Millions of Americans have already voted ahead of the U.S. presidential
election taking place next Tuesday. A total of 32 states and the
District of Columbia allow voters to cast ballots early, and others
allow people to vote by mail or absentee ballot.
Nevada has had two weeks of early voting starting on October 20 and
ending November 2. Nevada resident Loran Gibson says it was convenient.
"I know friends that, if they didn't have early voting, they wouldn't be
able to vote because they're working," said Gibson.
For weeks, campaigns have been getting out the vote around the country,
aiming to persuade voters that the candidates embrace their concerns.
Here in Nevada, the key issues vary from person to person. The big issue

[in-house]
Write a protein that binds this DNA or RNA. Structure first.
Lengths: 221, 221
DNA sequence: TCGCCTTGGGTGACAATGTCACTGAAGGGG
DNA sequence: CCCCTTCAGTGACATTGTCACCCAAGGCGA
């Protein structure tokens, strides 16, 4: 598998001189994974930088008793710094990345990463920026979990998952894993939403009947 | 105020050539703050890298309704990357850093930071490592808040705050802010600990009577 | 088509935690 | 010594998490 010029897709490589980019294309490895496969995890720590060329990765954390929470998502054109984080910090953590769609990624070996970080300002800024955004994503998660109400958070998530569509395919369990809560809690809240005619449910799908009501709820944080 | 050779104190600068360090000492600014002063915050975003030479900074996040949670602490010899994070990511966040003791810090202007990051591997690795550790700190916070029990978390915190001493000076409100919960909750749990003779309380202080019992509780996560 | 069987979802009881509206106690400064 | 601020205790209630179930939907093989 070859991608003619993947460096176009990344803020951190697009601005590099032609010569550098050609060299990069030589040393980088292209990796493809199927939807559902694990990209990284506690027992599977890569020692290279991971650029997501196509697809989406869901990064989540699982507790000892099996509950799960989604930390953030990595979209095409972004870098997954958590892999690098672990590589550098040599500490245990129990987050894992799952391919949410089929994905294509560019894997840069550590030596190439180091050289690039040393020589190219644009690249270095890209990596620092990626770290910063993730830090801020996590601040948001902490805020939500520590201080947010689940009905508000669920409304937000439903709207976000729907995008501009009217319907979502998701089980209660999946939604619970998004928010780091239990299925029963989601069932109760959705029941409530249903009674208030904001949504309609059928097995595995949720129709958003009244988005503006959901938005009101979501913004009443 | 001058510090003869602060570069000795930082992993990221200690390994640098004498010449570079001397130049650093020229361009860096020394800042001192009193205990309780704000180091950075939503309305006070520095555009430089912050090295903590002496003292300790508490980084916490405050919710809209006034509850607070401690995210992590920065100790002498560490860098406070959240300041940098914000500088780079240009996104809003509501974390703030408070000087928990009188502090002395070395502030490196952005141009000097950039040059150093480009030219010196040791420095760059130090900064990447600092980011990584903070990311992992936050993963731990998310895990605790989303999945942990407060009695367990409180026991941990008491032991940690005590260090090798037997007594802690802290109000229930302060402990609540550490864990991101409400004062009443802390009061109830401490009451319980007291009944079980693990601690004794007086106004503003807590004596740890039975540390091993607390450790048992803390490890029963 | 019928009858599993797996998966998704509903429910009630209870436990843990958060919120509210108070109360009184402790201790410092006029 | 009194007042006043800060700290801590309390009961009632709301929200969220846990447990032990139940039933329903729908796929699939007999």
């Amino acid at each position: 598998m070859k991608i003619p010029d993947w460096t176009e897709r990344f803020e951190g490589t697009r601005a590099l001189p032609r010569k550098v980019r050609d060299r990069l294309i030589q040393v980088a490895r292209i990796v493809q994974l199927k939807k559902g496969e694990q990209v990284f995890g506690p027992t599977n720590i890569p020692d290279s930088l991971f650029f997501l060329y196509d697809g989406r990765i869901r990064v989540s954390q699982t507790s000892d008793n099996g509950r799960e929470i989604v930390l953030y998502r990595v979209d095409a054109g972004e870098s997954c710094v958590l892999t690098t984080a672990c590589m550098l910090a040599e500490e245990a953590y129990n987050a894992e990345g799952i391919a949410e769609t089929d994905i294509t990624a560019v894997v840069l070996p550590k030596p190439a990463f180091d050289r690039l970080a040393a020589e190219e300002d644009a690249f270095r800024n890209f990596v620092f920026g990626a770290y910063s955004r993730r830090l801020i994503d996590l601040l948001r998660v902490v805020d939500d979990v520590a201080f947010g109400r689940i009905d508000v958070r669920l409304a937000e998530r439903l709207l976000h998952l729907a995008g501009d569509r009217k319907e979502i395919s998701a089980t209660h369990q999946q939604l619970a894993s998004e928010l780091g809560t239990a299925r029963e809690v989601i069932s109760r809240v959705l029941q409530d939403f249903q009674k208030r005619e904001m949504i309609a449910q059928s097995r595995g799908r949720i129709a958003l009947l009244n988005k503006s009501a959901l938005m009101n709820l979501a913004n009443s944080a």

for most voters is jobs. Nevada has the highest unemployment rate in the
country, caused by downturns in tourism and construction.
Obama administration points to job growth announced Friday, while the
Romney campaign points to continuing high rates of unemployment, both
here in Nevada and around the country.
Each campaign views the issue from its own perspective, says economist
Jeffrey Waddoups of the University of Nevada, Las Vegas. Waddoups notes
that President Obama enjoys an edge in voter surveys, but says there is
no clear frontrunner in Nevada.
"It's not really a stalemate, but it's a battleground state and it's
going to be really close," added Waddoups.
In much of the country, the contest began long before Election Day, but
the votes will not be counted until after the polls close.